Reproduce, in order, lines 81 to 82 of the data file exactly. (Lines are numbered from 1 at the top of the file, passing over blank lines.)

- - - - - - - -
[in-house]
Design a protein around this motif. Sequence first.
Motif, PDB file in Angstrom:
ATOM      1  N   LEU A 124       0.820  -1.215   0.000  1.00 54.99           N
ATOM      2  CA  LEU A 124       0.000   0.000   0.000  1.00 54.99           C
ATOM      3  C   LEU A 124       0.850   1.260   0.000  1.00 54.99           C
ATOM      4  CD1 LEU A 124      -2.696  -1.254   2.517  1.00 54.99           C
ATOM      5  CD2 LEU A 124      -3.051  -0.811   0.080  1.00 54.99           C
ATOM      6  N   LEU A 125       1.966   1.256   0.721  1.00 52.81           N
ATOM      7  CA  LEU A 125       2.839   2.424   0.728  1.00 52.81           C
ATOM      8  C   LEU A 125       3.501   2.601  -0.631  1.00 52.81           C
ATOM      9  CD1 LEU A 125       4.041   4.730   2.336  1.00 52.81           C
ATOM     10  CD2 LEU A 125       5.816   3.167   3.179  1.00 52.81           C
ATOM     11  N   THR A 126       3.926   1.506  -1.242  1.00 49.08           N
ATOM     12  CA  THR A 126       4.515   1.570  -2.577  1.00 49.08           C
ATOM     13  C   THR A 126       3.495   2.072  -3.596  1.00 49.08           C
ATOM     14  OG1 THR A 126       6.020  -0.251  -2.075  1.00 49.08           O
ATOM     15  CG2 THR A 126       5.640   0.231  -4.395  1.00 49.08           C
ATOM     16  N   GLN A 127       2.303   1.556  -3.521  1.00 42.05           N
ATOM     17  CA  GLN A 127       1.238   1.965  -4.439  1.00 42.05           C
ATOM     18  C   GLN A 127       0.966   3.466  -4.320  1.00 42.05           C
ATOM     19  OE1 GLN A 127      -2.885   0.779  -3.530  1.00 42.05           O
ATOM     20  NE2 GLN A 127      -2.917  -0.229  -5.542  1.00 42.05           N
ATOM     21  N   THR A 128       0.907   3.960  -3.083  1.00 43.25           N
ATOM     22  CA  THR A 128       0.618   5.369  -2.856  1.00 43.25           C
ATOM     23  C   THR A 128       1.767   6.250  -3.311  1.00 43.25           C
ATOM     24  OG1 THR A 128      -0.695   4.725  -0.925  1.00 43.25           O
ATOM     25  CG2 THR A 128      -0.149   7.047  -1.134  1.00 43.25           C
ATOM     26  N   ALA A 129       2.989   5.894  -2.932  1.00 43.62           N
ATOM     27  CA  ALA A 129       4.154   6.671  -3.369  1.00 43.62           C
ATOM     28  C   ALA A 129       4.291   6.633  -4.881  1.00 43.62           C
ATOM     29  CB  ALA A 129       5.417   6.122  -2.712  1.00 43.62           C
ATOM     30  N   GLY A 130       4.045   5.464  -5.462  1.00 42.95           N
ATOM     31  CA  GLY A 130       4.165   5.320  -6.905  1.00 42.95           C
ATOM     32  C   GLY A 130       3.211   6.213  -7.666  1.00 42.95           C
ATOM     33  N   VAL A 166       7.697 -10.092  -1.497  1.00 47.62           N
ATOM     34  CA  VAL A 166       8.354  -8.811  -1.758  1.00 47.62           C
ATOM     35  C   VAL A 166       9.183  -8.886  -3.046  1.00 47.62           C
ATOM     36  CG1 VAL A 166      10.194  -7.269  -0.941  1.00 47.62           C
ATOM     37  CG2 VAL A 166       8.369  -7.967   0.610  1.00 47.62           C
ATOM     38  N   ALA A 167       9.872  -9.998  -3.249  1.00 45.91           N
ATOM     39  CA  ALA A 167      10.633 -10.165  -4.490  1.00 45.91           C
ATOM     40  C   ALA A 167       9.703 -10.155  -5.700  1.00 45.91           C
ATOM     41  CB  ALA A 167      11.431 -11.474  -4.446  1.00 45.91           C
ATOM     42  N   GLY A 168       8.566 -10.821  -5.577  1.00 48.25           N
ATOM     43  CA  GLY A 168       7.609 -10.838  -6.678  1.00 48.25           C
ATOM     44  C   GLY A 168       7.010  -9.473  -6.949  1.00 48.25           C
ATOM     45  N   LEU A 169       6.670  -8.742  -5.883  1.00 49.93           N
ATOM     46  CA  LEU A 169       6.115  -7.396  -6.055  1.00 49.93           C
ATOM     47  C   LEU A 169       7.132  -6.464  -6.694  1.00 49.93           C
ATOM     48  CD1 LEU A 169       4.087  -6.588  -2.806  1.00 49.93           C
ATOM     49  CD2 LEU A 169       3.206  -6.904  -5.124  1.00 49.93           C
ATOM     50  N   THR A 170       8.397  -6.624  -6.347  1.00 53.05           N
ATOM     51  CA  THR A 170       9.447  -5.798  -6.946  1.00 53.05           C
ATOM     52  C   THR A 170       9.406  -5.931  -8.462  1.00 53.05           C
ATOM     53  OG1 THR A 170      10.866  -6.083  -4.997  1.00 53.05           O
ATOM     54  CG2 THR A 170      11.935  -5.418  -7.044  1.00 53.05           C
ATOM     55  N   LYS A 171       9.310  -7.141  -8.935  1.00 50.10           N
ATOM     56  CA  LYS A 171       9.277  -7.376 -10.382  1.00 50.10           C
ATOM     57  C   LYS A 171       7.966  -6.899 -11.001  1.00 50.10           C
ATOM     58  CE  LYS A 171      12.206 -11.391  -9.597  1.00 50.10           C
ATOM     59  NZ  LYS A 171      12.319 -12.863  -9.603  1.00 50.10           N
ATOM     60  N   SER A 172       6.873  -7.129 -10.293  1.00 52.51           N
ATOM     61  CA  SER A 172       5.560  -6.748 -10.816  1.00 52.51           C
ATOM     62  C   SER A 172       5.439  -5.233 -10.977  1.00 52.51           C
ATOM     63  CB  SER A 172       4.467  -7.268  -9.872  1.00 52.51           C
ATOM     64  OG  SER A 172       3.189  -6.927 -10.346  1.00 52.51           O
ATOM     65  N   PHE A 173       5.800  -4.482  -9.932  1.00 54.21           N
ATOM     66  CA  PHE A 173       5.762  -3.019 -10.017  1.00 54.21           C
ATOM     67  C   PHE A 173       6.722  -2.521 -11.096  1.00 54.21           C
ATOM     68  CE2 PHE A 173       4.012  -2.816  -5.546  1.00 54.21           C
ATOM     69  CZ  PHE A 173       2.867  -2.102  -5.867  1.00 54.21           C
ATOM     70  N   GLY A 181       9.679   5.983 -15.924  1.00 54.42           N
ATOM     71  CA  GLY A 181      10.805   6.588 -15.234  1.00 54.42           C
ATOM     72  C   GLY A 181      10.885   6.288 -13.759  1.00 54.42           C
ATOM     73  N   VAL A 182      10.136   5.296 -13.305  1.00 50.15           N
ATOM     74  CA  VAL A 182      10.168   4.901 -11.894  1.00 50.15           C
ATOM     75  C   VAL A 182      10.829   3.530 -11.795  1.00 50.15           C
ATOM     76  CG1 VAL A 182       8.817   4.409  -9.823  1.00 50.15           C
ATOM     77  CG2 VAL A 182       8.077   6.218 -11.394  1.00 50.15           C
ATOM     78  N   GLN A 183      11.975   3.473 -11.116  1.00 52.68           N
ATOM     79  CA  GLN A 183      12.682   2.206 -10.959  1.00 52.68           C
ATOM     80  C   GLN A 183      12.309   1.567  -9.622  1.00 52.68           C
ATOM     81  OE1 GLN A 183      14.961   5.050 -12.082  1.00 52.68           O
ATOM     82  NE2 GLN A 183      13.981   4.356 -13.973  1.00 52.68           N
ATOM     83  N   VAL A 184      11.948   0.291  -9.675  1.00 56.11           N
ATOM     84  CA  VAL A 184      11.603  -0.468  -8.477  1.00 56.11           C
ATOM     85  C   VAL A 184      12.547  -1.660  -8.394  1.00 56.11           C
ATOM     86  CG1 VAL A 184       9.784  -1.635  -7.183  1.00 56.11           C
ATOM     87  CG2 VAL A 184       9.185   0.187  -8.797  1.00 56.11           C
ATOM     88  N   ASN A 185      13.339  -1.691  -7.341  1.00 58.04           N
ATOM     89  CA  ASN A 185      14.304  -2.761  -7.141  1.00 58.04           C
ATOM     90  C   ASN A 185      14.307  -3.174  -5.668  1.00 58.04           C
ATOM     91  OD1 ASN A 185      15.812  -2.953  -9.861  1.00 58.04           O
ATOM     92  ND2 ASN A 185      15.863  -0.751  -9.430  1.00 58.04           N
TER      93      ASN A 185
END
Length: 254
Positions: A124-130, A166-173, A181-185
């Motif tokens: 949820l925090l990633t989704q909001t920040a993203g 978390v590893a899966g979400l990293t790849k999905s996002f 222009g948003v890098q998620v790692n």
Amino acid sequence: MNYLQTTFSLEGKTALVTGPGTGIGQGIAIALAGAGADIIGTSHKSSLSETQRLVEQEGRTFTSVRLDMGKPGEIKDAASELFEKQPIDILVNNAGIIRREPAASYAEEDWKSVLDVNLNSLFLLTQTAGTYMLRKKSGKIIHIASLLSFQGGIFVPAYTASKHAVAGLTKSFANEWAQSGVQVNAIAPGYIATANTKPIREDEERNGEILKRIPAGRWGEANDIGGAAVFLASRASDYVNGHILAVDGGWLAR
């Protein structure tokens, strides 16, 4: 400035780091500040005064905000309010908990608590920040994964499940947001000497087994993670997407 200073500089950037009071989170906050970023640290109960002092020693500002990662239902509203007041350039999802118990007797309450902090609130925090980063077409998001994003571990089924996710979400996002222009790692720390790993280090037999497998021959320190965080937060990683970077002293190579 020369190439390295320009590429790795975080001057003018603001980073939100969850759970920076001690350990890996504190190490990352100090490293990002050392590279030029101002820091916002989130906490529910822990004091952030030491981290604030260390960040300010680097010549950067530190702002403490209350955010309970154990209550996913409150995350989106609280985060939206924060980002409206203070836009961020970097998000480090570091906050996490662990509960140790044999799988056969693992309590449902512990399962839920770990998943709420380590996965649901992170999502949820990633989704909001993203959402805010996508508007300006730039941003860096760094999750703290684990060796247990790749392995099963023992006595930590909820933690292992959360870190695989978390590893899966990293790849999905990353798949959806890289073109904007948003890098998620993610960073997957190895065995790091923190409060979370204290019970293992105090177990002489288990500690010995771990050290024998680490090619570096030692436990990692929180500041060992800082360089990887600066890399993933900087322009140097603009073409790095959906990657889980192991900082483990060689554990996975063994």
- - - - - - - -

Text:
ATOM     78  N   GLN A 183      11.975   3.473 -11.116  1.00 52.68           N
ATOM     79  CA  GLN A 183      12.682   2.206 -10.959  1.00 52.68           C